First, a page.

French lawmaker under fire over Nazi Roma extermination remark

France's interior minister called Tuesday for a lawmaker to be "severely punished" after a journalist recorded him allegedly saying Hitler may not have killed enough Roma.

Gilles Bourdouleix, an MP and mayor of the western town of Cholet, reportedly muttered the words on Sunday as he confronted members of the travelling community who had illegally set up camp, according to a recording posted on the site of regional daily Courrier de l'Ouest.

"Maybe Hitler did not kill enough," Bourdouleix is heard saying after the Roma had reportedly given him the Nazi salute.

Bourdouleix, who is a member of the lower house National Assembly with the centrist UDI party, said his comments were taken out of context and alleged the recording was tampered with.

Confrontations between French authorities and Roma -- nomadic people widely known as gypsies who were killed in their hundreds of thousands by the Nazis -- erupt frequently.

Bourdouleix's comments have caused an uproar. Interior Minister Manuel Valls described them Tuesday as "unacceptable" and called for the lawmaker to be "very severely punished by law".

"These comments are a defence of crimes committed in the Second World War, a defence of Nazism and coming from a mayor, from a member of parliament, it's completely intolerable," he said on TV channel i-TELE.

The case has already been referred to public prosecutors who will examine whether his comments constitute a "defence of crimes against humanity", said authorities in Maine-et-Loire, the department where Cholet is located.

Bourdouleix also risks being kicked out of his UDI party, whose executive committee meets on Wednesday.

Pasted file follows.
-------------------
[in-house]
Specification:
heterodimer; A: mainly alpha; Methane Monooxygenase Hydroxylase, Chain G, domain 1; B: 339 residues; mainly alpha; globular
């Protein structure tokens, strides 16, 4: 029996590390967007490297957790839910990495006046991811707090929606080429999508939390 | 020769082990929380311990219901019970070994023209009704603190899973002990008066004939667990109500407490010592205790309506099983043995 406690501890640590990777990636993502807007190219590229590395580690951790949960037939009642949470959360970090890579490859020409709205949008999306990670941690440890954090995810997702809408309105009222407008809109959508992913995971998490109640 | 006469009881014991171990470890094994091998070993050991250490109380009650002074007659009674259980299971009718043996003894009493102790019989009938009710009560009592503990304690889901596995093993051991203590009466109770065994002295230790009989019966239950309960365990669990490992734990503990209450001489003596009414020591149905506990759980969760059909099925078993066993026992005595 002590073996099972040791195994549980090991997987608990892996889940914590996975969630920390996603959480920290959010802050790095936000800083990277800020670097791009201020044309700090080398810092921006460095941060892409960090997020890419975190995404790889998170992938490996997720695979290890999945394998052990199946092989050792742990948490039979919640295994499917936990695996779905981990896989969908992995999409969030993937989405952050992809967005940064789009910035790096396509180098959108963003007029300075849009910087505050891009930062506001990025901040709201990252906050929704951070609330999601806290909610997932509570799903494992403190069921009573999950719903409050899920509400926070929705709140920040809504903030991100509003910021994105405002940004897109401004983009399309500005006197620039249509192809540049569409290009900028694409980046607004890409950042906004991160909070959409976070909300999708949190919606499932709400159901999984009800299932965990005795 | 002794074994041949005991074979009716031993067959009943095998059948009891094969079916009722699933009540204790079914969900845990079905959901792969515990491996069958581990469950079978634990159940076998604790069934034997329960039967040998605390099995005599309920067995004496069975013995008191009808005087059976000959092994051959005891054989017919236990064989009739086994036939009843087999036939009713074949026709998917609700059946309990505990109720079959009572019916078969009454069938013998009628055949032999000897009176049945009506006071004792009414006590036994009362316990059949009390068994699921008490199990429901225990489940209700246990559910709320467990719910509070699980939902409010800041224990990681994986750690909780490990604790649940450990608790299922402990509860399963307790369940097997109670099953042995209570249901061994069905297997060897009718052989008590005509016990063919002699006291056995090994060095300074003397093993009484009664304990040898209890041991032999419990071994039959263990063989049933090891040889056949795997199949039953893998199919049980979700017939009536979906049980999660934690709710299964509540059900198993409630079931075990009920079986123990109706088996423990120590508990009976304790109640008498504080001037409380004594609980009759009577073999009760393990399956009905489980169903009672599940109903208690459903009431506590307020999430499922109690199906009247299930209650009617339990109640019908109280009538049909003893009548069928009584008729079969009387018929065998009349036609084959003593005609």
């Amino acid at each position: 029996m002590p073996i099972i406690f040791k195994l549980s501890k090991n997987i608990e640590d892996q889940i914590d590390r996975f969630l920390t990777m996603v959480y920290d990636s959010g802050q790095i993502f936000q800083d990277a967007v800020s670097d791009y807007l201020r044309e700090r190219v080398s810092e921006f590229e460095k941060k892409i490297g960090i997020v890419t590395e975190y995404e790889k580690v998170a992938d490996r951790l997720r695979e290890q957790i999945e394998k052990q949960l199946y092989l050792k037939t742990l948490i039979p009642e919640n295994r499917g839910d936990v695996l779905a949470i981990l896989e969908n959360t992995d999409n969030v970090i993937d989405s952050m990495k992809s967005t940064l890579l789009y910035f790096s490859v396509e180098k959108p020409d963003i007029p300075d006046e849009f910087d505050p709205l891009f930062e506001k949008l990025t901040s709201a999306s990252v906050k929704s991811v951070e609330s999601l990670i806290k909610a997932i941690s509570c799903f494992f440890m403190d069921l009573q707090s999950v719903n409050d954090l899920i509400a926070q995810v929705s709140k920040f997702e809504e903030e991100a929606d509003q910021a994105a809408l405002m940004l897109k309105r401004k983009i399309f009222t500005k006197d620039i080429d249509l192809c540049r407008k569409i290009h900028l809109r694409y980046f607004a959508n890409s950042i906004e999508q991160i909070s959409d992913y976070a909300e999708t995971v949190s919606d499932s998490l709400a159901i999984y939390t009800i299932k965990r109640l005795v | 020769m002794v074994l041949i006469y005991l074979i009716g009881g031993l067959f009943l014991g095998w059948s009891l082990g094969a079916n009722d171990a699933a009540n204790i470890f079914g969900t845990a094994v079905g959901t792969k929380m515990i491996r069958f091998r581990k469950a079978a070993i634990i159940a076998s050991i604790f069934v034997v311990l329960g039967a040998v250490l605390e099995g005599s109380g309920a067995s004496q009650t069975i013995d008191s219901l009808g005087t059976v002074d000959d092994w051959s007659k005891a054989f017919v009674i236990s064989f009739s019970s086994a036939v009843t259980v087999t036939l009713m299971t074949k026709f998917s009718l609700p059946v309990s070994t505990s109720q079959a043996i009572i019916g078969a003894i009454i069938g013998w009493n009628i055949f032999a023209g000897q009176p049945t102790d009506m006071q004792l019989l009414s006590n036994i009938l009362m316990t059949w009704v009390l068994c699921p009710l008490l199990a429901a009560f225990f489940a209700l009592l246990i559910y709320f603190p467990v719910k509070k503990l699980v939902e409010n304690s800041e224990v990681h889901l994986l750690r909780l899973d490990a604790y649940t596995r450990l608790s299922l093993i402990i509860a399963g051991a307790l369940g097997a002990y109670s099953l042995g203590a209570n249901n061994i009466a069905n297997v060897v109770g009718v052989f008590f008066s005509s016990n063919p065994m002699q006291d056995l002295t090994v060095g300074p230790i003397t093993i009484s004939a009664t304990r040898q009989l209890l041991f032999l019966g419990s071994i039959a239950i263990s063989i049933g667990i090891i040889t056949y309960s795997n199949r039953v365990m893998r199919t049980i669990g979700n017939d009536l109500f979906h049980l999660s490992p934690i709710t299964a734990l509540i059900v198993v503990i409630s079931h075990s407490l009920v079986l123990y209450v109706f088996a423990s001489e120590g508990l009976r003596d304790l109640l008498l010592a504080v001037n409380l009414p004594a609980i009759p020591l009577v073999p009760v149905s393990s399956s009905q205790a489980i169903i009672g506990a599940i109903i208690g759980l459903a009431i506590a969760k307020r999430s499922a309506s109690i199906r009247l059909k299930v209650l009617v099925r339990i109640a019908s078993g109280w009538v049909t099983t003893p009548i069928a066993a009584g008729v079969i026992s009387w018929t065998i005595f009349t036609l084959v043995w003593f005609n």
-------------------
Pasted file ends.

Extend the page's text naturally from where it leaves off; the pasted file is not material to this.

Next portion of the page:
The lawmaker has vociferously defended himself, telling AFP on Monday that his comments had been taken out of context and pointing to "cuts" in the recording, which he alleges was tampered with.

France has a policy of systematically dismantling illegal camps and repatriating Roma of Bulgarian and Romanian nationality -- the legality of which has been questioned by the European Union, the United Nations' human rights arm and other watchdogs.

The European Association for the Defence of Human Rights says almost 12,000 Roma were evicted from camps across France last year, 80 percent of them forcibly.

A French law stipulates that every town of more than 5,000 inhabitants must set up sites able to house members of the travelling community -- be they Roma, circus performers or fun fair organisers.

In Cholet, authorities say the site devoted to travellers was temporarily closed due to works, adding the Roma had moved on since Sunday's incident. It is unclear what nationality they were.

The Roma, a nomadic people whose ancestors left India centuries ago, have long suffered from discrimination.

They were killed in their hundreds of thousands by the Nazis during the Second World War, alongside Jews and homosexuals.

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